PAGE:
In Fall 2003, I was interning every Friday at the Manhattan District Attorney's office as part of an effort to (1) get course credit somewhere off of the Columbia campus, (2) enact some vague Law and Order based prosecutorial fantasies, and (3) get to know downtown New York. Not coincidentally, around the same time I was trying to dive into the frequently pretentious and largely incomprehensible (to me) waters of the New York music scene. I had made some forays into the world of "independent" (ha) music through various, uh file sharing services, and other online resources...but since the tastes of my law school friends tended towards jam bands, classic rock, and female folk singers I didn't really have anybody around to help me branch out into new (or new to me) musicians and styles....and, for me, striking up a conversation at Kim's or one of the used record stores on St. Mark's seemed about as foolhardy as asking about Comic Book Guy's thoughts on Superman.
So, enter Julia. On my second day at the DA's office she saw me rocking my brick sized Creative Labs MP3 player and asked what I was listening to. I started gushing about some band called Pavement that I had just started listening to (theSlanted and Enchanted: Luxe and Redux reissue). She indulged my fanboy enthusiasm for a minute and then informed me that, not only did she know who they were but she had been a die hard fan since, you know they were actually together and touring. So, we talked about Pavement, Sonic Youth, and Dinosaur Junior...I tried without much success to hold my own and not come off like a complete neophyte...and she eventually asked if I had heard Dave Berman's band, the Silver Jews. I, of course had not but they sounded good...and next Friday, sure enough, she brought me a CD (how quaint) with the album American Water (along with the song Tennessee).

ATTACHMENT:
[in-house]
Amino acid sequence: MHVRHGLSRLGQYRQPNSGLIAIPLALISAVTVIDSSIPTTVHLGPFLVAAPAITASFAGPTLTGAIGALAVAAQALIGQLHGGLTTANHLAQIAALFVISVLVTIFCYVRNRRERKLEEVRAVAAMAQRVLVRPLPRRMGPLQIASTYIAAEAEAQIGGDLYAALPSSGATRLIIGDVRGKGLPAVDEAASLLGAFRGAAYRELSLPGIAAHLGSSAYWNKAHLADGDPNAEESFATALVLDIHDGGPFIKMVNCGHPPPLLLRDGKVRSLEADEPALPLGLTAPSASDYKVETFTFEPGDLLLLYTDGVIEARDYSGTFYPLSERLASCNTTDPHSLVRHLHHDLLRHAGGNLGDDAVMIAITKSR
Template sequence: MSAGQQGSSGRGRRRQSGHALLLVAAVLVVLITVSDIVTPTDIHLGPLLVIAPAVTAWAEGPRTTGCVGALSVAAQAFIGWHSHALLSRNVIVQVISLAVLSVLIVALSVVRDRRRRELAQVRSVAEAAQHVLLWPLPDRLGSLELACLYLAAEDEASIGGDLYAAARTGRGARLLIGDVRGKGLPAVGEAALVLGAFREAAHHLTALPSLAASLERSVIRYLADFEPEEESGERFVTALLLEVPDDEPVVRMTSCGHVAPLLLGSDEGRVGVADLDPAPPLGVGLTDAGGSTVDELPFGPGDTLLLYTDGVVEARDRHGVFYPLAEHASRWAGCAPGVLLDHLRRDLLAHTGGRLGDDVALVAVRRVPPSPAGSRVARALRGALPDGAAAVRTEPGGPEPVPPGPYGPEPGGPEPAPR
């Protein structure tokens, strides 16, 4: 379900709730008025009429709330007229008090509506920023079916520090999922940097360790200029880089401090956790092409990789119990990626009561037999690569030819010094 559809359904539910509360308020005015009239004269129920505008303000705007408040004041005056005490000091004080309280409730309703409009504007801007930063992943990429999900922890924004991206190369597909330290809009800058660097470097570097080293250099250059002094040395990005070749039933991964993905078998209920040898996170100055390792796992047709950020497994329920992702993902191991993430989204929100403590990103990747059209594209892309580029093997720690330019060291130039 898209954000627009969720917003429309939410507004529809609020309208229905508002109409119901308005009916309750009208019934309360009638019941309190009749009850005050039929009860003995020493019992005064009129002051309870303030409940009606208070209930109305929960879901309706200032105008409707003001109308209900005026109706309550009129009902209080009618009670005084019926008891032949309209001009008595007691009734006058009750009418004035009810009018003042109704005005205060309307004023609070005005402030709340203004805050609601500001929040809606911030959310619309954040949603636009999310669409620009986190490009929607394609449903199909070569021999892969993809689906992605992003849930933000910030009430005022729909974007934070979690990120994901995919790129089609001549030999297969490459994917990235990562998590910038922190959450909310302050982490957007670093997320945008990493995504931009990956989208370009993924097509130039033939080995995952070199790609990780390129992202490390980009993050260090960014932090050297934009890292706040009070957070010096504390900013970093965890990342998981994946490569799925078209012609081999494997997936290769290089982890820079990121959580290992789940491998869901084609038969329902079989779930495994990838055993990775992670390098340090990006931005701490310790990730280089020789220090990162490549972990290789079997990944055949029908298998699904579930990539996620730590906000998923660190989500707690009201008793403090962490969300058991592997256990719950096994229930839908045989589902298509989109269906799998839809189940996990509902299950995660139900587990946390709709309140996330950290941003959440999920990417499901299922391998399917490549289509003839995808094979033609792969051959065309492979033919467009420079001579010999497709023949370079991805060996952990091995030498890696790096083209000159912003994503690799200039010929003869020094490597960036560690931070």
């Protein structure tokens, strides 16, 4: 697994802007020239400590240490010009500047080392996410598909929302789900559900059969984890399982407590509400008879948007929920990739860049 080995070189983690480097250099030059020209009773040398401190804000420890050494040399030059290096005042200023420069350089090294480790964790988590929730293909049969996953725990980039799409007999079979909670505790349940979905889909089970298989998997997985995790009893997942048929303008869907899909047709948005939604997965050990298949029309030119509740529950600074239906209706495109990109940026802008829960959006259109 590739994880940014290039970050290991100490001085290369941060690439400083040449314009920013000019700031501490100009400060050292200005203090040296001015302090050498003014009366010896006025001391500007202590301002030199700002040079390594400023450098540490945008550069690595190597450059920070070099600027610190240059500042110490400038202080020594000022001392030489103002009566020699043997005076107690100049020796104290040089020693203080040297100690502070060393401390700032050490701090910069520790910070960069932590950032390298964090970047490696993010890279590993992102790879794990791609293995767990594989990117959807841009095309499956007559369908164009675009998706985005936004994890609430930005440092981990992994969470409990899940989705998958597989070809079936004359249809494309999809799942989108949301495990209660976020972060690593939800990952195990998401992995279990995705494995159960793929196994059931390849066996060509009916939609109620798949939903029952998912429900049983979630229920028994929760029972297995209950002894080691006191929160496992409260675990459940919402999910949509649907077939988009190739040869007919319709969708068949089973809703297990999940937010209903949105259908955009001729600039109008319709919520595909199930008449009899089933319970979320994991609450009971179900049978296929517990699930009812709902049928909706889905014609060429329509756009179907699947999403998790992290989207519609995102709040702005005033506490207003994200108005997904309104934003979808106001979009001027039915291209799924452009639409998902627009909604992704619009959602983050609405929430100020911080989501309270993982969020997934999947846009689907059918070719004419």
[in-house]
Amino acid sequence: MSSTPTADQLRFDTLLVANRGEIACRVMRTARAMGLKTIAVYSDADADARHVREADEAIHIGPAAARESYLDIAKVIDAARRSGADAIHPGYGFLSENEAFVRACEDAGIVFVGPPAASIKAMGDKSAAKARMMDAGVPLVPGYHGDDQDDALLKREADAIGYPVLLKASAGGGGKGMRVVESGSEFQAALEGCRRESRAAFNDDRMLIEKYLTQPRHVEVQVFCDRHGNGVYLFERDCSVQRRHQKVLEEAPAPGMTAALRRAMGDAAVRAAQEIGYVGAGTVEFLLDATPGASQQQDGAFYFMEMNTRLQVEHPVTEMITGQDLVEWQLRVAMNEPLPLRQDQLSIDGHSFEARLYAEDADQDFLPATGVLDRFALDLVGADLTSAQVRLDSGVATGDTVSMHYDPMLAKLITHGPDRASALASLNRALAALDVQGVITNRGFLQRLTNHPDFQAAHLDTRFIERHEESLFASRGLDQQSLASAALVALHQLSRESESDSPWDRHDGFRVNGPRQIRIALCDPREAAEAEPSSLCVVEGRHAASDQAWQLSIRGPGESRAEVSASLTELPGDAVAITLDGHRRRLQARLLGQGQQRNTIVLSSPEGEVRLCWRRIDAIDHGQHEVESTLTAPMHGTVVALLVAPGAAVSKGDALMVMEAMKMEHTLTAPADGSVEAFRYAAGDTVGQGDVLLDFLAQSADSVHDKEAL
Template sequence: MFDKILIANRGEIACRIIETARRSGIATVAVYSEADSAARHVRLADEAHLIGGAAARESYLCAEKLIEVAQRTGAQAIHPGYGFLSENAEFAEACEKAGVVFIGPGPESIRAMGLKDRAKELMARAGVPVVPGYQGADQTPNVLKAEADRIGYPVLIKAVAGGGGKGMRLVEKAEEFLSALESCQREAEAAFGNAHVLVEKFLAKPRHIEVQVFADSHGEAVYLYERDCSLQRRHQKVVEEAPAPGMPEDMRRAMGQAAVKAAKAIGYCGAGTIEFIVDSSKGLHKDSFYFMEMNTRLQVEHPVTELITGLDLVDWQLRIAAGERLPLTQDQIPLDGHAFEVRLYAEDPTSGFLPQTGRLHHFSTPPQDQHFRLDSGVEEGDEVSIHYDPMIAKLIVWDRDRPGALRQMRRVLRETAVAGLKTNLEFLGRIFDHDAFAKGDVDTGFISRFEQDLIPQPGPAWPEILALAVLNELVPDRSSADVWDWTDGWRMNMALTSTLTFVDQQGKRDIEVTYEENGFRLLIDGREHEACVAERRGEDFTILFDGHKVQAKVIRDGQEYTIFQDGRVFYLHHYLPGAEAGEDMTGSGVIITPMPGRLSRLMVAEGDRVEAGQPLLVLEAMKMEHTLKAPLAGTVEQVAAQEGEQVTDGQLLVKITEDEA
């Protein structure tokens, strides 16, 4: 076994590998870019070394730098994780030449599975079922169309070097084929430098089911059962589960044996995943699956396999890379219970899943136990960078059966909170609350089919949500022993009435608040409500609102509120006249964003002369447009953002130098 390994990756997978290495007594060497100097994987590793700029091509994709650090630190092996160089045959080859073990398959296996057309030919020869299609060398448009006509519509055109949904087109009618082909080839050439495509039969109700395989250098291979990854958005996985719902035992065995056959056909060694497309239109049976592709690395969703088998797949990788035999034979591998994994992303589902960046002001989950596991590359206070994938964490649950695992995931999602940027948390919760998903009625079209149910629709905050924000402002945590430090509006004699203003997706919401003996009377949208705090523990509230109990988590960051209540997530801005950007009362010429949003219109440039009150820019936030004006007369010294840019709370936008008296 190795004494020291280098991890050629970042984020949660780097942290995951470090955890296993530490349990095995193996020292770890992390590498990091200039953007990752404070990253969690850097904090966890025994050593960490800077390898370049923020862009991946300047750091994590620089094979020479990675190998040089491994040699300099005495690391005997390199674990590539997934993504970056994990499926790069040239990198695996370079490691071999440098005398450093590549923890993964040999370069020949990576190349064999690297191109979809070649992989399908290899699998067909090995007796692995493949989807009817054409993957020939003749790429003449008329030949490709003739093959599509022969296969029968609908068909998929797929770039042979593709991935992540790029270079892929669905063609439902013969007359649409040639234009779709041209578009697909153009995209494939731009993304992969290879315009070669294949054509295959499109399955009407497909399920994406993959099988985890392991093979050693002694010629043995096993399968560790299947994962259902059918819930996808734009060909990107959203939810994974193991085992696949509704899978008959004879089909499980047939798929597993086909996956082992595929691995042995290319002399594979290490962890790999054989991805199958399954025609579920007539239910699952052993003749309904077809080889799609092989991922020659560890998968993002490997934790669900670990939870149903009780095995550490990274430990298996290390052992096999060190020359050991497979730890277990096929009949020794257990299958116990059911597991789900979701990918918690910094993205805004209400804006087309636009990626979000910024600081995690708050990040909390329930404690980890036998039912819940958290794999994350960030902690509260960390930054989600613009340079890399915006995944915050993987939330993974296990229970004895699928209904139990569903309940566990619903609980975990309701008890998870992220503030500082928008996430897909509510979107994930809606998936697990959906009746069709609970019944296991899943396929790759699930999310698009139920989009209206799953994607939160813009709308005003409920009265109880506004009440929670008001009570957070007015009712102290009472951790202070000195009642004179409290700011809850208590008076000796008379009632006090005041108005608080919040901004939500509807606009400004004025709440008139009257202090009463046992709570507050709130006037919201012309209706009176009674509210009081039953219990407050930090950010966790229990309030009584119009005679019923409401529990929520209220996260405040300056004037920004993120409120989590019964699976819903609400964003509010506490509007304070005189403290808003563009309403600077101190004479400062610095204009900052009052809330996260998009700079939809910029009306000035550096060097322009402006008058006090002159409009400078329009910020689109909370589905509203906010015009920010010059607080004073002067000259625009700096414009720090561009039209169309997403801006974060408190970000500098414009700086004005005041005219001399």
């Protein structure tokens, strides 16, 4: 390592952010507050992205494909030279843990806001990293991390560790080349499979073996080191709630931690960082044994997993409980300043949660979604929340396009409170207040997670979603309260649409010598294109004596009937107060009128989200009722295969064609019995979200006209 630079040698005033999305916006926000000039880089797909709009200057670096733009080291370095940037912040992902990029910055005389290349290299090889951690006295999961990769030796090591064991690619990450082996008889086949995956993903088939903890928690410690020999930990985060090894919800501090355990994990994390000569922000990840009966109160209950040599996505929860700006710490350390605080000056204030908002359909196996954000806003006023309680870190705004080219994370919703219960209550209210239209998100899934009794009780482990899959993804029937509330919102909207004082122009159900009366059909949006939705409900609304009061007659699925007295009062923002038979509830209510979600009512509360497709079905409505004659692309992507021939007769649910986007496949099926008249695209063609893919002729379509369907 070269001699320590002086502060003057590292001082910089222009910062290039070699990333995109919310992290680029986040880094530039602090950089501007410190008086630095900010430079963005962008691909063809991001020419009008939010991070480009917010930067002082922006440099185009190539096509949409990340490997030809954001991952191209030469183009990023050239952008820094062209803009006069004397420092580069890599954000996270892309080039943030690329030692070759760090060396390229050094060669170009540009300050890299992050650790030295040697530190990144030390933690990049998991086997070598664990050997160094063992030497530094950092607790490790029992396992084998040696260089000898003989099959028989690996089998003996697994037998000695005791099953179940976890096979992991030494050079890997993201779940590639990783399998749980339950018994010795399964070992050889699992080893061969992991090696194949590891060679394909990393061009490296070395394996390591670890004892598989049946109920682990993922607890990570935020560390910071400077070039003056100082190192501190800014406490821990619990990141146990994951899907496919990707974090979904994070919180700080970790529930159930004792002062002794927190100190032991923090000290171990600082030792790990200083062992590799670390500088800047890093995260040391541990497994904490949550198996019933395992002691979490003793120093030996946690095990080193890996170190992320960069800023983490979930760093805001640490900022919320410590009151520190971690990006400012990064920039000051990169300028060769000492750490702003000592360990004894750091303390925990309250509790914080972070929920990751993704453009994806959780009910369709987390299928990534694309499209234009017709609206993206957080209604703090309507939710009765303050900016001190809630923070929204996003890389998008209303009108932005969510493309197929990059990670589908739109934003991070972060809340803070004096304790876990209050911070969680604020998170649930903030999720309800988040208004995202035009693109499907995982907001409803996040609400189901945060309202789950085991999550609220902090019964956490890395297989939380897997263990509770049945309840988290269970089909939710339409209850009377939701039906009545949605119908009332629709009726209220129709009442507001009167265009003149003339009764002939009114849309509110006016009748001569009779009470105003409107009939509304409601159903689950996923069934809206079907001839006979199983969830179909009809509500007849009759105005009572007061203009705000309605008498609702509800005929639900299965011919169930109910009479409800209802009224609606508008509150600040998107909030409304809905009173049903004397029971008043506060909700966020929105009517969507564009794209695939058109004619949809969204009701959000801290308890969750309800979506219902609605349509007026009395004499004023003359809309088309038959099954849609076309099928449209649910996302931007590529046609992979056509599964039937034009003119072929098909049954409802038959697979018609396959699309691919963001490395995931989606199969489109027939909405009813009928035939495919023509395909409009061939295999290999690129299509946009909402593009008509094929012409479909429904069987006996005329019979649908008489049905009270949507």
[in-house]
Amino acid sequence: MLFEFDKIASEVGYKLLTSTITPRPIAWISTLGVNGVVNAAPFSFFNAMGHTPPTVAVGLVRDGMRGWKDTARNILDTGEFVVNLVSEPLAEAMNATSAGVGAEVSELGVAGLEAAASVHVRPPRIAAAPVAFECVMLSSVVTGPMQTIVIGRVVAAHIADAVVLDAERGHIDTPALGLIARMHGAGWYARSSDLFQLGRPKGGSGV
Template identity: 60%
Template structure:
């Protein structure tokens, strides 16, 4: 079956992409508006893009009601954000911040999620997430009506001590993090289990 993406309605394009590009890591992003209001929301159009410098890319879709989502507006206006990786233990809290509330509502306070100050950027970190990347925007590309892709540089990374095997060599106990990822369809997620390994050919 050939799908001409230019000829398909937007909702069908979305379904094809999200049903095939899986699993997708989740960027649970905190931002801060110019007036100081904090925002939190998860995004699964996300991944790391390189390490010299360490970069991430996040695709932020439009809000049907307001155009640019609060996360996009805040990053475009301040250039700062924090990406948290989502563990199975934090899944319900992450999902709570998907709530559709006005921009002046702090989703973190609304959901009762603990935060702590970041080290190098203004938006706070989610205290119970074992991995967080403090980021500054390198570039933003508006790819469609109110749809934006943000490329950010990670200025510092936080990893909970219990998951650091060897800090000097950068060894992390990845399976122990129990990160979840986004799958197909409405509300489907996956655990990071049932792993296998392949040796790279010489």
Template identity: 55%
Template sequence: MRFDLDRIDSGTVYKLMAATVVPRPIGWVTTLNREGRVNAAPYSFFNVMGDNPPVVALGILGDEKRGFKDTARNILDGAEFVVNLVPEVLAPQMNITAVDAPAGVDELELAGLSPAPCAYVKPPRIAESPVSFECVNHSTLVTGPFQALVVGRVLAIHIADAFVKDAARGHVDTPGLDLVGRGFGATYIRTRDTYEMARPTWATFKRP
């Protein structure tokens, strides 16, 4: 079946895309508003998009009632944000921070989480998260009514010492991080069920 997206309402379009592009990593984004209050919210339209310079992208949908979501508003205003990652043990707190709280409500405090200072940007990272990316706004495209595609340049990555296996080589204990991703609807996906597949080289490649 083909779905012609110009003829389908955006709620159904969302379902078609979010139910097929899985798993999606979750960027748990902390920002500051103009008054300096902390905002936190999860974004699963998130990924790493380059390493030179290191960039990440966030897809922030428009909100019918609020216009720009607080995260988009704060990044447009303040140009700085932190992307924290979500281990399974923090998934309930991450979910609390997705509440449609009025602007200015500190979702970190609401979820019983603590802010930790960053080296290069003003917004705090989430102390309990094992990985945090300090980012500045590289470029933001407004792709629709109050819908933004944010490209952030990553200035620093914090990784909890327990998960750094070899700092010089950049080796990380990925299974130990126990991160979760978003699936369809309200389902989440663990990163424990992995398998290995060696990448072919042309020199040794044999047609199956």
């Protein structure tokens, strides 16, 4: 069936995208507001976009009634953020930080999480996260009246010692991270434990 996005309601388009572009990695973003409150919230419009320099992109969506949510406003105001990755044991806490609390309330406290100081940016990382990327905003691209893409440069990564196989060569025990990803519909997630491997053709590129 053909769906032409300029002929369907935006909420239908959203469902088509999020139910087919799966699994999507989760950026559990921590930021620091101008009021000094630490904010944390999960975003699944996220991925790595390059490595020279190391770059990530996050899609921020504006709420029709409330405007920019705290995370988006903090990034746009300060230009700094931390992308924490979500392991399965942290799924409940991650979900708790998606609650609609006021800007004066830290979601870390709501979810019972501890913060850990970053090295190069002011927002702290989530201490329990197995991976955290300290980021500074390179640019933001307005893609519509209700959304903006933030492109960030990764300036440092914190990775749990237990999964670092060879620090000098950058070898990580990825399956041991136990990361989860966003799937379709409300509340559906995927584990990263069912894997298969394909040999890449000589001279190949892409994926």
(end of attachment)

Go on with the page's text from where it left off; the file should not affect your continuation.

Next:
American Water is one of those disks that just grabbed me from the first song (The brilliant Random Rules) and first lyric ("In 1984, I was hospitalized for approaching perfection") and didn't let go. Berman's cool, almost lazy arrangements effortlessly mix blues, bluegrass, country twang, and the easy "indie" rock that was the hallmark of many of Pavement's best songs. But, as good as the music is, Berman's evocative lyrics really steal the show (even if he claims that "a lot of what I say has been lifted of of men's room walls."). The album propels the listener along at the pace of a lazy cross country roadtrip ("The drums march along at the clip of an IV drip like sparks from a muffler dragged down the strip") taking in the sites along the way (from a midnight execution where "when they turn on the chair, something's added to the air" to a bar where the "rent became whiskey" and a "honky tonk psychiatrist" holds court into the wee hours of the night) and, of course making the sorts of observations that only a long car trip (and/or one of the many drugs Berman may have been consuming at the time) can inspire ("Is the problem that we can't see? Or is it that the problem is beautiful to me?"..."my ski vest has buttons like convenience store mirrors and they help me see that everything in this room right now is a part of me.").
It was the first of many albums that we exchanged but American Water still stands as the best and most personally meaningful of the bunch. If you haven't heard it, grab it...and if you have it, give it another listen
- courtesy of Paul Powell